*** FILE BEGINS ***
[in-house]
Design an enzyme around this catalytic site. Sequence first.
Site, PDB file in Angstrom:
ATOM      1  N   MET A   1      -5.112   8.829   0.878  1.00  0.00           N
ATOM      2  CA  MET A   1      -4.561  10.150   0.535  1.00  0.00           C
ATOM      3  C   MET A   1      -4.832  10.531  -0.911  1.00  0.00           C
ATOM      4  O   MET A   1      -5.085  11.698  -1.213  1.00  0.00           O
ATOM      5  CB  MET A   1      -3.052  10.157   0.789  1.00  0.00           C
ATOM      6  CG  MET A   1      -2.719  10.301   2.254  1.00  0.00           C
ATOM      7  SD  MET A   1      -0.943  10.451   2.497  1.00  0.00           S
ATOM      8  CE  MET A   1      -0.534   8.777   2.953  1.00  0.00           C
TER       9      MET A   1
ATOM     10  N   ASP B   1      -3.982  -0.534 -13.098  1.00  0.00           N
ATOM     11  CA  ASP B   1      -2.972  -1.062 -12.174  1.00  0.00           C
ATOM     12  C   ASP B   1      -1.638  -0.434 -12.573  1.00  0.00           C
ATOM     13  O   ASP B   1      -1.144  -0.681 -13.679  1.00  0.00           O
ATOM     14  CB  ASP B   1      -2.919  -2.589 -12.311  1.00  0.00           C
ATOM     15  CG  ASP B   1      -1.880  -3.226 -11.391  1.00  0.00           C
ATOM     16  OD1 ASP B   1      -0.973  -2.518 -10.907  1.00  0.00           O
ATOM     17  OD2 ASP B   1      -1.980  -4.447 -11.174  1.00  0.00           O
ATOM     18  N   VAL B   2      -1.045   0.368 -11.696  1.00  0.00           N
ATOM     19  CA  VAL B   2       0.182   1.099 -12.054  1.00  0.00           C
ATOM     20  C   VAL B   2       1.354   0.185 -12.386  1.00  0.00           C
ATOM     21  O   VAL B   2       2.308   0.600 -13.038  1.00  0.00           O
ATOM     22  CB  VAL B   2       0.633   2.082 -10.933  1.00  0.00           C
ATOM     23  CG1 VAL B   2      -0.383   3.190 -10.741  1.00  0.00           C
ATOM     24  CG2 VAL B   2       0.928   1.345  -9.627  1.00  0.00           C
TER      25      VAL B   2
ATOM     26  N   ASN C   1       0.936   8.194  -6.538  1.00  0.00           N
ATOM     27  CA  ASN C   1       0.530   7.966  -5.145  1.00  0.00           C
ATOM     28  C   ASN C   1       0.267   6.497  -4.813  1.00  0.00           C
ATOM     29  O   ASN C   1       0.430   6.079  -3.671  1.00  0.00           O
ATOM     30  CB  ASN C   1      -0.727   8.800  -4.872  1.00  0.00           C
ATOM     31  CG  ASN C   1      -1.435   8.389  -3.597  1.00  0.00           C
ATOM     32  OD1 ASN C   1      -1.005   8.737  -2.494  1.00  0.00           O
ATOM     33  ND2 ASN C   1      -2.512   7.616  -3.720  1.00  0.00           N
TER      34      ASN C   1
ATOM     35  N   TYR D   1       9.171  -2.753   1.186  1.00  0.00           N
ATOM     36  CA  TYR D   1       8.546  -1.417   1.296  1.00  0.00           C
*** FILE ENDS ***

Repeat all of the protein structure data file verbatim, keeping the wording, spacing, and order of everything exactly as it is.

[in-house]
Design an enzyme around this catalytic site. Sequence first.
Site, PDB file in Angstrom:
ATOM      1  N   MET A   1      -5.112   8.829   0.878  1.00  0.00           N
ATOM      2  CA  MET A   1      -4.561  10.150   0.535  1.00  0.00           C
ATOM      3  C   MET A   1      -4.832  10.531  -0.911  1.00  0.00           C
ATOM      4  O   MET A   1      -5.085  11.698  -1.213  1.00  0.00           O
ATOM      5  CB  MET A   1      -3.052  10.157   0.789  1.00  0.00           C
ATOM      6  CG  MET A   1      -2.719  10.301   2.254  1.00  0.00           C
ATOM      7  SD  MET A   1      -0.943  10.451   2.497  1.00  0.00           S
ATOM      8  CE  MET A   1      -0.534   8.777   2.953  1.00  0.00           C
TER       9      MET A   1
ATOM     10  N   ASP B   1      -3.982  -0.534 -13.098  1.00  0.00           N
ATOM     11  CA  ASP B   1      -2.972  -1.062 -12.174  1.00  0.00           C
ATOM     12  C   ASP B   1      -1.638  -0.434 -12.573  1.00  0.00           C
ATOM     13  O   ASP B   1      -1.144  -0.681 -13.679  1.00  0.00           O
ATOM     14  CB  ASP B   1      -2.919  -2.589 -12.311  1.00  0.00           C
ATOM     15  CG  ASP B   1      -1.880  -3.226 -11.391  1.00  0.00           C
ATOM     16  OD1 ASP B   1      -0.973  -2.518 -10.907  1.00  0.00           O
ATOM     17  OD2 ASP B   1      -1.980  -4.447 -11.174  1.00  0.00           O
ATOM     18  N   VAL B   2      -1.045   0.368 -11.696  1.00  0.00           N
ATOM     19  CA  VAL B   2       0.182   1.099 -12.054  1.00  0.00           C
ATOM     20  C   VAL B   2       1.354   0.185 -12.386  1.00  0.00           C
ATOM     21  O   VAL B   2       2.308   0.600 -13.038  1.00  0.00           O
ATOM     22  CB  VAL B   2       0.633   2.082 -10.933  1.00  0.00           C
ATOM     23  CG1 VAL B   2      -0.383   3.190 -10.741  1.00  0.00           C
ATOM     24  CG2 VAL B   2       0.928   1.345  -9.627  1.00  0.00           C
TER      25      VAL B   2
ATOM     26  N   ASN C   1       0.936   8.194  -6.538  1.00  0.00           N
ATOM     27  CA  ASN C   1       0.530   7.966  -5.145  1.00  0.00           C
ATOM     28  C   ASN C   1       0.267   6.497  -4.813  1.00  0.00           C
ATOM     29  O   ASN C   1       0.430   6.079  -3.671  1.00  0.00           O
ATOM     30  CB  ASN C   1      -0.727   8.800  -4.872  1.00  0.00           C
ATOM     31  CG  ASN C   1      -1.435   8.389  -3.597  1.00  0.00           C
ATOM     32  OD1 ASN C   1      -1.005   8.737  -2.494  1.00  0.00           O
ATOM     33  ND2 ASN C   1      -2.512   7.616  -3.720  1.00  0.00           N
TER      34      ASN C   1
ATOM     35  N   TYR D   1       9.171  -2.753   1.186  1.00  0.00           N
ATOM     36  CA  TYR D   1       8.546  -1.417   1.296  1.00  0.00           C